To test the accuracy of mismatch parameters, we measured the stability of LNA mismatches described in the previous paragraphs. Table Table44 lists sequences and their melting temperatures. Neither dye nor quencher was attached to these oligonucleotides. Their melting temperatures were determined using ultraviolet melting experiments. LNA modifications were predicted (1) to decrease the level of mismatch discrimination of VAL-A and VAL-B sequences, (2) not to affect discrimination of VAL-C and VAL-D sequences, and (3) to enhance mismatch discrimination of VAL-E, VAL-F, and VAL-G sequences. Considering limitations of the nearest-neighbor model,19,48 the predicted discrimination effects (ΔTm) agree with experimental measurements for all seven sequence sets.
New LNA mismatch parameters result in an average Tm prediction error of 2.9 °C for the sequences in Table Table4.4. The accuracy of DNA mismatch parameters (20) is the same. For DNA or LNA matched duplexes, average errors of predicted melting temperatures are less than 1.3 °C. The lower accuracy of mismatch predictions suggests that mismatched duplexes are more likely to deviate from assumptions of the nearest-neighbor model and two-state transitions. A small perturbation, like a single-nucleotide mismatch, does not usually break down assumptions of the nearest-neighbor model, but it may increase the magnitude of interactions propagating beyond nearest-neighbor nucleotides. These long-range interactions are often of electrostatic origin and likely become more significant in buffers with low counterion concentrations (<40 mM Na+). We expect the weaker H-bonding interactions and increased nucleobase flexibility at the mismatch site. This potentially decreases cooperativity and increases deviations from the two-state melting behavior.
The LNA modifications placed at every second or third nucleotide position are very effective in increasing the duplex stability and affinity for complementary targets.(42) Mismatch discrimination is improved most if the triplet of consecutive LNAs is centered on the mismatch site.(5) A single LNA modification usually discriminates less. We were therefore motivated to study thermodynamics of consecutive LNAs to expand the published nearest-neighbor model of single LNA modifications and improve our understanding of LNA·DNA duplex stability.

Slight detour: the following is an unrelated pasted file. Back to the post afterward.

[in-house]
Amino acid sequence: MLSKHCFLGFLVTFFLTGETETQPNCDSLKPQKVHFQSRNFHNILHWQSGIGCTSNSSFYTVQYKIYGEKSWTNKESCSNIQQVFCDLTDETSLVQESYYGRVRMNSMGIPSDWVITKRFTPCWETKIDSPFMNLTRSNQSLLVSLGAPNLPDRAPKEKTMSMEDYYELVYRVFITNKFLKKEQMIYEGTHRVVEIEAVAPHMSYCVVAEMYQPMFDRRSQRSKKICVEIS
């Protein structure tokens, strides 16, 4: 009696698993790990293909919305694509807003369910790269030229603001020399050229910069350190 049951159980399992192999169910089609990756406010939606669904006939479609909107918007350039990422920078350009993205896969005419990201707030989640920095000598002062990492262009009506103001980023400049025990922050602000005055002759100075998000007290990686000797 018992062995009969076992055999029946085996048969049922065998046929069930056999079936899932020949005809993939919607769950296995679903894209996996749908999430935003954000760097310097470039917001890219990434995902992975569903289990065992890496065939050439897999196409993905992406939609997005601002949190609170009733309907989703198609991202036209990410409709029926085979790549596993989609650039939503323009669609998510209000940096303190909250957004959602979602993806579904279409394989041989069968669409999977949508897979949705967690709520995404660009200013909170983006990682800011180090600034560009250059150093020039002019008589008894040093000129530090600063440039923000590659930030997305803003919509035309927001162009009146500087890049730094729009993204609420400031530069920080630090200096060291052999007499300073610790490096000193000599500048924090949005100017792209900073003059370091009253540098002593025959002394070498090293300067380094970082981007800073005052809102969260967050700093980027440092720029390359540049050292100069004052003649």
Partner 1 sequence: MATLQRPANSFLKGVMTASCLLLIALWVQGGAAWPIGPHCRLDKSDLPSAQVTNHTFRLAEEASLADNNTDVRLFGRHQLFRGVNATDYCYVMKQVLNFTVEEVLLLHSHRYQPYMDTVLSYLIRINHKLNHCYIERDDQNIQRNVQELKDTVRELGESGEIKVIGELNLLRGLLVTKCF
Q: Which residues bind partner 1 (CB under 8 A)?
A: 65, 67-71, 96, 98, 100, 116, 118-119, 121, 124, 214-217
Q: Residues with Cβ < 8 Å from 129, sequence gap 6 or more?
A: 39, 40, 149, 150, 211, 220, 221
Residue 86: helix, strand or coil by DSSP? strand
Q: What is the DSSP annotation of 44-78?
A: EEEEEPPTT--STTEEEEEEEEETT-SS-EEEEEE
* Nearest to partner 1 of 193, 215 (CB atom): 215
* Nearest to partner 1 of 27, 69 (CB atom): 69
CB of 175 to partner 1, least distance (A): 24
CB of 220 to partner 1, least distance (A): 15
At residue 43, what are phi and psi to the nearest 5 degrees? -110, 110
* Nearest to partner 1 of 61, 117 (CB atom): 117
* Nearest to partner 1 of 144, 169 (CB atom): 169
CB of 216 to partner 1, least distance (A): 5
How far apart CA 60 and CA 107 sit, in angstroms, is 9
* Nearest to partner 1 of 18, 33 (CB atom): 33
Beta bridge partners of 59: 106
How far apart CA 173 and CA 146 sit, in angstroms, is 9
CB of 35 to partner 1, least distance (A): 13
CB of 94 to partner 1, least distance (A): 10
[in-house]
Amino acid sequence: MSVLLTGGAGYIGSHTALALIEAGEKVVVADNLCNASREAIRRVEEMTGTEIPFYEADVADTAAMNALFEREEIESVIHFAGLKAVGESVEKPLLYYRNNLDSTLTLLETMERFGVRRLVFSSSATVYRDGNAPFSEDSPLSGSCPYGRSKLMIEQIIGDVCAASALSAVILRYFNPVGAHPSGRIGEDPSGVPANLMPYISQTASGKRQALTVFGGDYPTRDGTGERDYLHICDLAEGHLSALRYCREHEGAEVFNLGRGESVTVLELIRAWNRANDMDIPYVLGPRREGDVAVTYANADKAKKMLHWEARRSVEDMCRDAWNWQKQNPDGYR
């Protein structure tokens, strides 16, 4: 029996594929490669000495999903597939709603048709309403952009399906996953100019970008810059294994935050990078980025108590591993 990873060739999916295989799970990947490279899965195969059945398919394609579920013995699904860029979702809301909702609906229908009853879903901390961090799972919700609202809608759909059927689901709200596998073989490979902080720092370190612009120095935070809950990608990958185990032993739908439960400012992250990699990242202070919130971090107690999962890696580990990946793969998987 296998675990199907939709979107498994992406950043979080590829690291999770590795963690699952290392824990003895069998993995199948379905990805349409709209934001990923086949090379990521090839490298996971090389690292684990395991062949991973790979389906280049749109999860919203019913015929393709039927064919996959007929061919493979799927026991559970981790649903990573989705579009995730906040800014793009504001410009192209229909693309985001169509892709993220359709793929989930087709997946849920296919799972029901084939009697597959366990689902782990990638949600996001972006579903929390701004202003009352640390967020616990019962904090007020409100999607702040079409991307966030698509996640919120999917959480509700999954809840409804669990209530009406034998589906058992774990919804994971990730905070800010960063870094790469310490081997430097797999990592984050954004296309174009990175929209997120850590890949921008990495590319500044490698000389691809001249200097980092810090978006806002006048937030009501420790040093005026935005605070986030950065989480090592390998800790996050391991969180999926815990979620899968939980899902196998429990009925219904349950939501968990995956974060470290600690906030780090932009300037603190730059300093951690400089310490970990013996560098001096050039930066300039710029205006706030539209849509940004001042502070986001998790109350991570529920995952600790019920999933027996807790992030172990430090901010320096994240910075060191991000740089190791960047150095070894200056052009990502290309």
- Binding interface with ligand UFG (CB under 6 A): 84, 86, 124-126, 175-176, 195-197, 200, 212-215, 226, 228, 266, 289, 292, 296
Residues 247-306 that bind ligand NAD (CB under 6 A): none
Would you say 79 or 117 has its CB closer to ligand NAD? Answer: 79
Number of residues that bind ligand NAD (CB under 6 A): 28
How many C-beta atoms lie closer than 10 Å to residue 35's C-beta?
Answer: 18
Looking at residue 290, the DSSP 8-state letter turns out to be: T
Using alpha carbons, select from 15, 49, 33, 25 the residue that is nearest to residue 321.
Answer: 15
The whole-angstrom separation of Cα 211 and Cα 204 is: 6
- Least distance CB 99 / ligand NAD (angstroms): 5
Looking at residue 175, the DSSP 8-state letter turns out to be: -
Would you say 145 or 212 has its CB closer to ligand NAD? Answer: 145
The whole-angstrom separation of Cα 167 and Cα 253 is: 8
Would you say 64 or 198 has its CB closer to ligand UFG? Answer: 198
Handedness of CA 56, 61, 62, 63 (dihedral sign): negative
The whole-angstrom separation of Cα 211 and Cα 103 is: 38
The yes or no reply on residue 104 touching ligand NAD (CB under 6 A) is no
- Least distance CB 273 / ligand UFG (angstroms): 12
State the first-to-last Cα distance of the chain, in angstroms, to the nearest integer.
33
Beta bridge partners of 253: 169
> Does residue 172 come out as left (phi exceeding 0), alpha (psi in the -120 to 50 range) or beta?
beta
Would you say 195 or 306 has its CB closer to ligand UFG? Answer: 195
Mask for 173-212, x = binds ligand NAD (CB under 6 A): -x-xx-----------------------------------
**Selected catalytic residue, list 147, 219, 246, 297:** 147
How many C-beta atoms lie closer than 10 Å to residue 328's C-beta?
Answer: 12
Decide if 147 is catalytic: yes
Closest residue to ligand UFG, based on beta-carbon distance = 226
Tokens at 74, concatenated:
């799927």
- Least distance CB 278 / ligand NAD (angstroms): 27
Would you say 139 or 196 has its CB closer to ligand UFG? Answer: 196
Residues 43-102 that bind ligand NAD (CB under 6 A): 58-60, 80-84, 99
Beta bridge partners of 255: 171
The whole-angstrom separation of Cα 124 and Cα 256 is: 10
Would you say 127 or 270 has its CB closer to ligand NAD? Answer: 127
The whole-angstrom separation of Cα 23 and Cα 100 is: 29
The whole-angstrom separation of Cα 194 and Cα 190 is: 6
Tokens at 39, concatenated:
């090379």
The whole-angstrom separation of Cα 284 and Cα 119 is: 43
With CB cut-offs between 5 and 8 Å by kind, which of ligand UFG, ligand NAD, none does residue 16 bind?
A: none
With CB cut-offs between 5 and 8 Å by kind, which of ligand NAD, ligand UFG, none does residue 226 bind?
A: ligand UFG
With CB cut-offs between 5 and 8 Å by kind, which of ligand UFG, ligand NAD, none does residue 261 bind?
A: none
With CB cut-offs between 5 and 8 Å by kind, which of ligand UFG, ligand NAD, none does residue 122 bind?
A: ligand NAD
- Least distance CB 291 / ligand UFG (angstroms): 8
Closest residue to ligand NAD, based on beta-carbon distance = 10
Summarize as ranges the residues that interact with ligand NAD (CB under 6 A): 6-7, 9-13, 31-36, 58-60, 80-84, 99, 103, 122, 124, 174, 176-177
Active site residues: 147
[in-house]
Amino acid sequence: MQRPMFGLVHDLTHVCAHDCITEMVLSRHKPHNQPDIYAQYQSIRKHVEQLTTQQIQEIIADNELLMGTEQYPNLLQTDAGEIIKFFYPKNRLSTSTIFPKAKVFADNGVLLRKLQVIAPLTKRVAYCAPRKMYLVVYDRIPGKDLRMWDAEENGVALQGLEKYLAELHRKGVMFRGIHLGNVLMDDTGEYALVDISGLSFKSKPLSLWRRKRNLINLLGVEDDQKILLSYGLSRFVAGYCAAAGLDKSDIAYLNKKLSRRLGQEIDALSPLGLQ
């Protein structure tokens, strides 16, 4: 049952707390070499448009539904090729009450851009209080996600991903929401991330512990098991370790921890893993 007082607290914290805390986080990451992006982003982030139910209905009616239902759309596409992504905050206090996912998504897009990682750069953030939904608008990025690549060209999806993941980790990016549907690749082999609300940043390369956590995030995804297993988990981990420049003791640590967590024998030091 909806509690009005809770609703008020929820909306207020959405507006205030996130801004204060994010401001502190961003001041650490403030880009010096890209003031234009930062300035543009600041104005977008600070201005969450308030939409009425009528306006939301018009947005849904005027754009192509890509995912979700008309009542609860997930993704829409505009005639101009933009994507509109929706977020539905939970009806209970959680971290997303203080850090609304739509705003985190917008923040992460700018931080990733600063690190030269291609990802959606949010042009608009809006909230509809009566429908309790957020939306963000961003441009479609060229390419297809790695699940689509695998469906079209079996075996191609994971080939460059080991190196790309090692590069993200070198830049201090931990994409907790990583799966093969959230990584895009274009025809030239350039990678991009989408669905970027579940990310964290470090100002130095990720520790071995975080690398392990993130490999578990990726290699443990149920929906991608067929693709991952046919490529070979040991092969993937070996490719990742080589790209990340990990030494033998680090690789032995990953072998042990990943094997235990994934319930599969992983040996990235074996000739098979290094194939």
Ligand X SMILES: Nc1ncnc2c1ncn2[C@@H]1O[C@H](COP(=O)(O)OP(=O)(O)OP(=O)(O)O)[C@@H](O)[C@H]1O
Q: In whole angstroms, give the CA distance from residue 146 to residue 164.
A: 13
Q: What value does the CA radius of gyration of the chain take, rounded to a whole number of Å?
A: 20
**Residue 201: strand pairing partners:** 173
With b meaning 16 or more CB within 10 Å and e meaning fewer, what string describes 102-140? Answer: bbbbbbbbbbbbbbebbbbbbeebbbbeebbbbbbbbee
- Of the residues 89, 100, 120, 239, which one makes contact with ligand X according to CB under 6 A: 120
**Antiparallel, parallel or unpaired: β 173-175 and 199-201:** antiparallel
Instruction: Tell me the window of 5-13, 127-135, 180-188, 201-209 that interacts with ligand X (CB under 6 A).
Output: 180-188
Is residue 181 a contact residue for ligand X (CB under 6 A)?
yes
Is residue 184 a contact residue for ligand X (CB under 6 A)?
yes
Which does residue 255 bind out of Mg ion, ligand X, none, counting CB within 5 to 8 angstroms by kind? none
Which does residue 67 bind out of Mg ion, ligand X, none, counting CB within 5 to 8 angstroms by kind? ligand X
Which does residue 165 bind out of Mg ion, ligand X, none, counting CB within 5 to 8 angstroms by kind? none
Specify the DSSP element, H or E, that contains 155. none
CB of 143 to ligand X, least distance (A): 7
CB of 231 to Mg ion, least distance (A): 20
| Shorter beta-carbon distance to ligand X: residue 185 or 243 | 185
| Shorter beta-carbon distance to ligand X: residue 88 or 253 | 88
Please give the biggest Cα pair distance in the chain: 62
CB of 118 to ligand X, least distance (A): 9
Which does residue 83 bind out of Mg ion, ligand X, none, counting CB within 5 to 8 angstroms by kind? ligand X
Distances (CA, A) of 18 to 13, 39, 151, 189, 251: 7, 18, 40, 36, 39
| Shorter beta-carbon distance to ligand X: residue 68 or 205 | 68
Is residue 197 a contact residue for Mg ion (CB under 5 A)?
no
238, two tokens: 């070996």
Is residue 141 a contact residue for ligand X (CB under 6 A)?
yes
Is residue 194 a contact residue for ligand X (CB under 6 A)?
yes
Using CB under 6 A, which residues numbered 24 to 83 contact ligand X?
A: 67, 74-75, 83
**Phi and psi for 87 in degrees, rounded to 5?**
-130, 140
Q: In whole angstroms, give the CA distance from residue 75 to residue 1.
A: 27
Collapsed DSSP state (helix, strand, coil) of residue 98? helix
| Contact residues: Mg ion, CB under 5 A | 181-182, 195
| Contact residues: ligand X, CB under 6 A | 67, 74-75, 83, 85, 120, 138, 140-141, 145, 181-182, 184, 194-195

We employed the fluorescence melting method to measure the stability of modified oligonucleotide duplexes.(28) This new technology allows measurements for large sets of duplexes with unprecedented speed, and its accuracy is similar to the accuracy of the ultraviolet optical melting method. Using the fluorescence method, the experimental errors of ΔH°, ΔS°, ΔG°, and Tm were 8%, 9%, 4%, and 0.4 °C, respectively. If the duplex melts in the two-state manner, the thermodynamic values are in agreement between both methods. The transition enthalpies and entropies measured using the fluorescence differed by <4% from the values determined by the UV melting method.(28) The free energy values agreed within 2.5% when the optimal Texas Red–Iowa Black RQ pair was attached to the duplex terminus. These differences are similar or smaller than the errors seen in UV melting experiments where the errors of ΔH°, ΔS°, and ΔG° are ~8, ~8, and ~4%, respectively.17,41
The fluorescence melting method relies on the dye–quencher pair attached to one of the duplex termini as shown in Figure Figure1B.1B. When the duplex melts, the dye and the quencher dissociate, giving the increase in the magnitude of the fluorescence signal. Although the terminal dye–quencher pair stabilizes the duplex, it is attached to both the LNA-modified duplex and the core duplex. The Texas Red–Iowa Black RQ labels therefore change the ΔH°, ΔS°, and ΔG° values of both duplexes to the same amount. The thermodynamic impact of LNA modification is determined from the difference between the LNA-modified and core duplexes. We have shown previously that these thermodynamic differences (ΔΔH°, ΔΔS°, and ΔΔG°) are not affected by terminal labels.(28) The stabilizing effect of labels cancels out in this analysis.